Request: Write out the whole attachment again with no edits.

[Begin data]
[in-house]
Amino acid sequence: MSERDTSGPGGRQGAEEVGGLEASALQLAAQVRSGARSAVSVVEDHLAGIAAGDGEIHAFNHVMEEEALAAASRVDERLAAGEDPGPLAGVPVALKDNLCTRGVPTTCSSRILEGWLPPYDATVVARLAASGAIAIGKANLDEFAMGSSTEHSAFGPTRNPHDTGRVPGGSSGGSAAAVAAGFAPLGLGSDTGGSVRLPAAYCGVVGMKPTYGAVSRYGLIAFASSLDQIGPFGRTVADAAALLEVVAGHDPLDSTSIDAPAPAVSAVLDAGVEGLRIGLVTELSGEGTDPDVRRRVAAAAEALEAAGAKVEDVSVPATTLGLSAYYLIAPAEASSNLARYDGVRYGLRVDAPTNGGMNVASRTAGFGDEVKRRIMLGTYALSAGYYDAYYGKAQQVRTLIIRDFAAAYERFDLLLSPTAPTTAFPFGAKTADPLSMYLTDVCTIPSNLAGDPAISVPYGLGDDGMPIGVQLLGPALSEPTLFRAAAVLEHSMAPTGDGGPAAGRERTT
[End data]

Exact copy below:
[in-house]
Amino acid sequence: MSERDTSGPGGRQGAEEVGGLEASALQLAAQVRSGARSAVSVVEDHLAGIAAGDGEIHAFNHVMEEEALAAASRVDERLAAGEDPGPLAGVPVALKDNLCTRGVPTTCSSRILEGWLPPYDATVVARLAASGAIAIGKANLDEFAMGSSTEHSAFGPTRNPHDTGRVPGGSSGGSAAAVAAGFAPLGLGSDTGGSVRLPAAYCGVVGMKPTYGAVSRYGLIAFASSLDQIGPFGRTVADAAALLEVVAGHDPLDSTSIDAPAPAVSAVLDAGVEGLRIGLVTELSGEGTDPDVRRRVAAAAEALEAAGAKVEDVSVPATTLGLSAYYLIAPAEASSNLARYDGVRYGLRVDAPTNGGMNVASRTAGFGDEVKRRIMLGTYALSAGYYDAYYGKAQQVRTLIIRDFAAAYERFDLLLSPTAPTTAFPFGAKTADPLSMYLTDVCTIPSNLAGDPAISVPYGLGDDGMPIGVQLLGPALSEPTLFRAAAVLEHSMAPTGDGGPAAGRERTT